For more than a year, residents of a small English town had quietly endured an unsettling and unusual burden — the sounds of children singing a nursery rhyme.
A mother living with her two young children on Bramford Road in Ipswich, located about 66 miles northeast of London, said her family had been woken on almost a nightly basis by “a tinny, distant rendition of 'It’s Raining, It’s Pouring,'" the Ipswich Star reported.
The song played sporadically, at times repeating on a loop.
“It was just horrible,” the unnamed woman said.
Though the woman's sanity was questioned at first, she realized she had to bring her problem to the attention of authorities.
“I started to ask myself why I was living with this when I could do something about it,” she told the paper.
After alerting the Ipswich Borough Council of the menacing music, officials were leery but determined to help the woman investigate the mystery.
“This is unique in our experience,” a spokesman for the council told the Star. “It was difficult to believe a nursery rhyme would be playing in the middle of the night. But we do take all complaints extremely seriously and asked the residents who contacted us to let us know when it was actually playing so we could investigate properly.”
So one night when the woman heard the music, she immediately alerted the council.
“It sounded very eerie at that time of night,” the spokesman said. “We appreciate that people living nearby would find it quite spooky.”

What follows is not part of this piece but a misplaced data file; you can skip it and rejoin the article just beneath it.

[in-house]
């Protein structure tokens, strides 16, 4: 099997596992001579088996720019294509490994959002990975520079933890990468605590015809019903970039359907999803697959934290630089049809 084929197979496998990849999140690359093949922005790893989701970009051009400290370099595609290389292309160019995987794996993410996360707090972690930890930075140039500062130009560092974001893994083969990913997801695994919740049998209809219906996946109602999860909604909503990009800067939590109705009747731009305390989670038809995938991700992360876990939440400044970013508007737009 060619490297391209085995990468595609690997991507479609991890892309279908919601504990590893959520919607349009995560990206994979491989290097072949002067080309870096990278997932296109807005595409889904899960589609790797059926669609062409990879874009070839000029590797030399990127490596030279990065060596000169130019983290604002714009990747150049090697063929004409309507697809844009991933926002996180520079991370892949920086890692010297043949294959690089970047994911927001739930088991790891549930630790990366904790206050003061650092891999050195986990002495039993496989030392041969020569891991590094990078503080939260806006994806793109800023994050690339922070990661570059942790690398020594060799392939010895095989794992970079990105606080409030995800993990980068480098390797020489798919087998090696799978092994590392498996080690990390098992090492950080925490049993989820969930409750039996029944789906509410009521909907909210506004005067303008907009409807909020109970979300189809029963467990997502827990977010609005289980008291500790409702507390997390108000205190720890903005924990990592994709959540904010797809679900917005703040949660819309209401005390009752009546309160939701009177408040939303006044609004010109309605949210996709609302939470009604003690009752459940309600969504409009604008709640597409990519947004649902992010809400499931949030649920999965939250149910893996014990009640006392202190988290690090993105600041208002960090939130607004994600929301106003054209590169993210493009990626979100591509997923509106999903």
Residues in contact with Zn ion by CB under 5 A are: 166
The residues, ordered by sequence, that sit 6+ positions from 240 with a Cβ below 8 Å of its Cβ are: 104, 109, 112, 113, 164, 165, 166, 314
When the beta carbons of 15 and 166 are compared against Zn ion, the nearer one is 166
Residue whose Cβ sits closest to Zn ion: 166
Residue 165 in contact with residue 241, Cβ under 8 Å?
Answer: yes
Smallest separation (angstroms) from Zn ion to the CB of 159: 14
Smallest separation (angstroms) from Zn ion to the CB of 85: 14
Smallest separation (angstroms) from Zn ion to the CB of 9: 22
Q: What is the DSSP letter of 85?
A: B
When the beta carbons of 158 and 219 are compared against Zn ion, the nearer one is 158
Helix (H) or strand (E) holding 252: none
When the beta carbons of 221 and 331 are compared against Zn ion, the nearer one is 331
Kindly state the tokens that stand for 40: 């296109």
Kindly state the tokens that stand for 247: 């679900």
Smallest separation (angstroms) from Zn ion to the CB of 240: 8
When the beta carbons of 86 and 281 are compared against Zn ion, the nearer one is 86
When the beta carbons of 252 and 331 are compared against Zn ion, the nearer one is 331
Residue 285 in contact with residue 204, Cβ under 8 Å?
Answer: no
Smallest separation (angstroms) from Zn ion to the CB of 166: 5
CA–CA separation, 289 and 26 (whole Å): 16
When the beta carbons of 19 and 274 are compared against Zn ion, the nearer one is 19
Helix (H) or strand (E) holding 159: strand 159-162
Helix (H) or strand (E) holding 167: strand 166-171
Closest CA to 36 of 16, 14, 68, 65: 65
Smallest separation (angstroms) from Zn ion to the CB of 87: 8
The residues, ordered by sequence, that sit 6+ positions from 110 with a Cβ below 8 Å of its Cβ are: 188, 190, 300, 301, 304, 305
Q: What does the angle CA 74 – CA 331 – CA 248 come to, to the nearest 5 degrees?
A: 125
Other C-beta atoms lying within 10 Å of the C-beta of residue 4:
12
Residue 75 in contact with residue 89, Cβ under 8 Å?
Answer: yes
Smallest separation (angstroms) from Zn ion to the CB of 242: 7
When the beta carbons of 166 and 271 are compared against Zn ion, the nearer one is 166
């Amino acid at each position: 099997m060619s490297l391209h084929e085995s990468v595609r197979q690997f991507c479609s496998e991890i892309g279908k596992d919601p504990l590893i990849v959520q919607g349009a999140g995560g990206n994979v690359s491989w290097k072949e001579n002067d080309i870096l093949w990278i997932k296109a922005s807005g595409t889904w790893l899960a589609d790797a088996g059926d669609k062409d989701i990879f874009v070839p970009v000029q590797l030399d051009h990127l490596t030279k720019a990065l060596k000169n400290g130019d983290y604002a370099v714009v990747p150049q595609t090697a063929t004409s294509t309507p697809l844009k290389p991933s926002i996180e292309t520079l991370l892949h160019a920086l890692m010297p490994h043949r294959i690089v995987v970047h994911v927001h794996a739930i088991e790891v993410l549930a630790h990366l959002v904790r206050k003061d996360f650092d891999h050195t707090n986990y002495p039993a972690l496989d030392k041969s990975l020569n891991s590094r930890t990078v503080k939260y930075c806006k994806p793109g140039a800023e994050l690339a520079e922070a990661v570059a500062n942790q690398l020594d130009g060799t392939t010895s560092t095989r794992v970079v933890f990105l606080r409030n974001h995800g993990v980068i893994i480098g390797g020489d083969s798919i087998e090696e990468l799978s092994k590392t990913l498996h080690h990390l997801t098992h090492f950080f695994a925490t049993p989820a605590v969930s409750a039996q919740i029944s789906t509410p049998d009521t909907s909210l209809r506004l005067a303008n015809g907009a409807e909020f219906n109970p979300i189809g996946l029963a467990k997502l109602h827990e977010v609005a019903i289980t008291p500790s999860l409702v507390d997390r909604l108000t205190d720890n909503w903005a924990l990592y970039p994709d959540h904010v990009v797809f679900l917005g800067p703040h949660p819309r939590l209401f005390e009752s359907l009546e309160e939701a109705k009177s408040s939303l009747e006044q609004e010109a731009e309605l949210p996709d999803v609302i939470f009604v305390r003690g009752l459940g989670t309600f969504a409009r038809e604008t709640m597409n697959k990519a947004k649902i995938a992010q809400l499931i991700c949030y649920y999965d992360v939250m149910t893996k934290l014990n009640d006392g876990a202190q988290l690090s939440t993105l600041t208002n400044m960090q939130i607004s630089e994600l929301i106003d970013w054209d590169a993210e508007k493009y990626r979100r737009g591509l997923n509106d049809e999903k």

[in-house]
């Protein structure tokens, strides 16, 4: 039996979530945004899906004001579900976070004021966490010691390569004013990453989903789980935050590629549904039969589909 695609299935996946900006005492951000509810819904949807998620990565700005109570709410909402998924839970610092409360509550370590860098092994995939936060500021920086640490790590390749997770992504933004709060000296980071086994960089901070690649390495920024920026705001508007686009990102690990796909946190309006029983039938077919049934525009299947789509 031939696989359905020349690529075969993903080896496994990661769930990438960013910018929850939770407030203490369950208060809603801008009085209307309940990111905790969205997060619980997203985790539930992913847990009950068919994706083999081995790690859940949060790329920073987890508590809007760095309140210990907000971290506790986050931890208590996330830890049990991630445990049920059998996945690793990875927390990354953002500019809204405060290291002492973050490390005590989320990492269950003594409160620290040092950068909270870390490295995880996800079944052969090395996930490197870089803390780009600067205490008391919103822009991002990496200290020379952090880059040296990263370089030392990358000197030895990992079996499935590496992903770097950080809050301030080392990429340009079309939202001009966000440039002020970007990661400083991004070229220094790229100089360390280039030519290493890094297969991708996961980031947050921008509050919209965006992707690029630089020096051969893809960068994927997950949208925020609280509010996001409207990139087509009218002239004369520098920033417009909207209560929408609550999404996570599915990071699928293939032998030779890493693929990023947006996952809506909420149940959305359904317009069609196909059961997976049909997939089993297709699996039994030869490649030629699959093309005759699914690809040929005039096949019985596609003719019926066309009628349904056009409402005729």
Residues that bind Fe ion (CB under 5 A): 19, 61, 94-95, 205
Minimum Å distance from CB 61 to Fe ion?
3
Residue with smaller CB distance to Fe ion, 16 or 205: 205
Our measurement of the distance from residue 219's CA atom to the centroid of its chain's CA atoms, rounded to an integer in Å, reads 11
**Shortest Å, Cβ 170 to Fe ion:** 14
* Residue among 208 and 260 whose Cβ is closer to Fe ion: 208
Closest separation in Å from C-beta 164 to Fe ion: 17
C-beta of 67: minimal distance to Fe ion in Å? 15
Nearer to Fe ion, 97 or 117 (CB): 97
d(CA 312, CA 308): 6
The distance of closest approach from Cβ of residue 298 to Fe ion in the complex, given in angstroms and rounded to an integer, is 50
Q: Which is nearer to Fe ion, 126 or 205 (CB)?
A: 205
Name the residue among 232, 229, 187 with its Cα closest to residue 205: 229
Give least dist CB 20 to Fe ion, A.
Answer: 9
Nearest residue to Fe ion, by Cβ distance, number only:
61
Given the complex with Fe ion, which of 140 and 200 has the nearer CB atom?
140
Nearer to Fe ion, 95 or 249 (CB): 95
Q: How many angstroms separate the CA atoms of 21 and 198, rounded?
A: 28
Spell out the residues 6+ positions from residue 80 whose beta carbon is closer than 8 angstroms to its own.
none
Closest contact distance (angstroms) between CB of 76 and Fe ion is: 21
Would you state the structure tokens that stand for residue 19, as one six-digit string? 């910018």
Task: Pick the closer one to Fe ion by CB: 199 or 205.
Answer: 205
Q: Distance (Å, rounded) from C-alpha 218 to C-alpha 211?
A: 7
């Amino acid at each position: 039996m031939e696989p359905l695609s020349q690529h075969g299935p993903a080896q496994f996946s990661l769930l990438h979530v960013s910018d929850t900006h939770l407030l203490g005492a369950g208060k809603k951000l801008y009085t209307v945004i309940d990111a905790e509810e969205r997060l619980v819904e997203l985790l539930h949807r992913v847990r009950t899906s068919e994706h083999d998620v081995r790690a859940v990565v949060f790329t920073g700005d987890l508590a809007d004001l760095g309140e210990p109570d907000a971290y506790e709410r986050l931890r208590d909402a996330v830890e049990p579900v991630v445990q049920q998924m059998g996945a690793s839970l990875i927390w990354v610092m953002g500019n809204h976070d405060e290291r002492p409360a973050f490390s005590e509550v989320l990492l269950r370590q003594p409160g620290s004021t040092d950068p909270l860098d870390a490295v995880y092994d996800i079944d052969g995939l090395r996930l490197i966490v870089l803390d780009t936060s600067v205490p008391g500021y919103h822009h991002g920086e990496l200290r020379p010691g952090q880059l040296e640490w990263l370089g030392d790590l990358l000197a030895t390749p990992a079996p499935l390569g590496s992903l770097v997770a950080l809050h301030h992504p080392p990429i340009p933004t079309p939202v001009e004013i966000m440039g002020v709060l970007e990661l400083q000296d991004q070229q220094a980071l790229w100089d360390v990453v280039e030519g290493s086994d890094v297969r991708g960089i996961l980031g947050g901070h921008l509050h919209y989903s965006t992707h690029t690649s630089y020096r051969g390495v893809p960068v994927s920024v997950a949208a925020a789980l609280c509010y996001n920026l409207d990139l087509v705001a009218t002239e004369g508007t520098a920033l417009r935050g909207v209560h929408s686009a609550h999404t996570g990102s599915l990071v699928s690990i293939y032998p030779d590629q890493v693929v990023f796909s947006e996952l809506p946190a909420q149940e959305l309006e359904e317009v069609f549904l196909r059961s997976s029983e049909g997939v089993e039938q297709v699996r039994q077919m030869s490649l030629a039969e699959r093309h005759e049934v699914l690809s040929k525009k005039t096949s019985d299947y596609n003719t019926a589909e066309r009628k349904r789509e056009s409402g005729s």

But after some sleuthing, authorities were able to determine the root of the problem. They tracked the music to an industrial lot, where the song was being played over a loud speaker.
The owners of the site told the paper the music is meant to “act as a deterrent for opportunistic thieves that come onto our property, and it’s designed only to be heard by people on our private land.”
It appeared the motion sensors that trigger the music were being set off by spiders crawling across the site's security camera lenses.
"It looks like we’ve had it turned up too loudly," authorities at the site told the paper.
Officials agreed to run a volume test to ensure the music doesn’t reach nearby residents, which was a promise the woman who first alerted authorities to the music said was welcome.
"It’s a massive relief and I’m looking forward to getting some actual sleep from now on," she said.